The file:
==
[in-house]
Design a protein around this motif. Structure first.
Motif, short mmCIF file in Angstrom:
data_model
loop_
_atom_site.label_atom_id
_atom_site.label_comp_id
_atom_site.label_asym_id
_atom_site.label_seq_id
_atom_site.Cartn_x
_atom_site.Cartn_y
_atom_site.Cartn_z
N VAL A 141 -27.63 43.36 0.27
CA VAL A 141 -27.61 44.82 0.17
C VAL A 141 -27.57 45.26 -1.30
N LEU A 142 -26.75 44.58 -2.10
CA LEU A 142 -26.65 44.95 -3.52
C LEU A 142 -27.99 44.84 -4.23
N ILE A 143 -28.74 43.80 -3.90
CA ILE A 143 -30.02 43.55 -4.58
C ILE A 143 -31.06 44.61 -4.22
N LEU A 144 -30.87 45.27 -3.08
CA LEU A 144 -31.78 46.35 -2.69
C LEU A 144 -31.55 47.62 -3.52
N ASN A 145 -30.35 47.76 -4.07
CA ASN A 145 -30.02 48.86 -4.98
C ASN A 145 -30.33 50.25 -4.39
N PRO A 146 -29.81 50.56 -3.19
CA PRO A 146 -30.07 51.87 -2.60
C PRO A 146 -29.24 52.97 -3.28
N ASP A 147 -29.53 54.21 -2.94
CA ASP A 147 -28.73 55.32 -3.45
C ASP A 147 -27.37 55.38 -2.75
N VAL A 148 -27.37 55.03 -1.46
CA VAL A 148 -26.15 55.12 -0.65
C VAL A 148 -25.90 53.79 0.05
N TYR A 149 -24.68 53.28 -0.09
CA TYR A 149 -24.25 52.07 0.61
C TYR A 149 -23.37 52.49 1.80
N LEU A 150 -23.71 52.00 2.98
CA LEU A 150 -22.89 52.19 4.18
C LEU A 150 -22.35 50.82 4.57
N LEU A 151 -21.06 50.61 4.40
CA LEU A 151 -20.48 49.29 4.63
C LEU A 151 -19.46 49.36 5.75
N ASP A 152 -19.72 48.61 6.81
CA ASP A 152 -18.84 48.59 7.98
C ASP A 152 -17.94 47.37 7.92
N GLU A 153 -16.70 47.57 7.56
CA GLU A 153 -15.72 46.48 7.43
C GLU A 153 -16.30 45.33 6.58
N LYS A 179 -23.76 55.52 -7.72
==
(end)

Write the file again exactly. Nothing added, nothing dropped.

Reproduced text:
[in-house]
Design a protein around this motif. Structure first.
Motif, short mmCIF file in Angstrom:
data_model
loop_
_atom_site.label_atom_id
_atom_site.label_comp_id
_atom_site.label_asym_id
_atom_site.label_seq_id
_atom_site.Cartn_x
_atom_site.Cartn_y
_atom_site.Cartn_z
N VAL A 141 -27.63 43.36 0.27
CA VAL A 141 -27.61 44.82 0.17
C VAL A 141 -27.57 45.26 -1.30
N LEU A 142 -26.75 44.58 -2.10
CA LEU A 142 -26.65 44.95 -3.52
C LEU A 142 -27.99 44.84 -4.23
N ILE A 143 -28.74 43.80 -3.90
CA ILE A 143 -30.02 43.55 -4.58
C ILE A 143 -31.06 44.61 -4.22
N LEU A 144 -30.87 45.27 -3.08
CA LEU A 144 -31.78 46.35 -2.69
C LEU A 144 -31.55 47.62 -3.52
N ASN A 145 -30.35 47.76 -4.07
CA ASN A 145 -30.02 48.86 -4.98
C ASN A 145 -30.33 50.25 -4.39
N PRO A 146 -29.81 50.56 -3.19
CA PRO A 146 -30.07 51.87 -2.60
C PRO A 146 -29.24 52.97 -3.28
N ASP A 147 -29.53 54.21 -2.94
CA ASP A 147 -28.73 55.32 -3.45
C ASP A 147 -27.37 55.38 -2.75
N VAL A 148 -27.37 55.03 -1.46
CA VAL A 148 -26.15 55.12 -0.65
C VAL A 148 -25.90 53.79 0.05
N TYR A 149 -24.68 53.28 -0.09
CA TYR A 149 -24.25 52.07 0.61
C TYR A 149 -23.37 52.49 1.80
N LEU A 150 -23.71 52.00 2.98
CA LEU A 150 -22.89 52.19 4.18
C LEU A 150 -22.35 50.82 4.57
N LEU A 151 -21.06 50.61 4.40
CA LEU A 151 -20.48 49.29 4.63
C LEU A 151 -19.46 49.36 5.75
N ASP A 152 -19.72 48.61 6.81
CA ASP A 152 -18.84 48.59 7.98
C ASP A 152 -17.94 47.37 7.92
N GLU A 153 -16.70 47.57 7.56
CA GLU A 153 -15.72 46.48 7.43
C GLU A 153 -16.30 45.33 6.58
N LYS A 179 -23.76 55.52 -7.72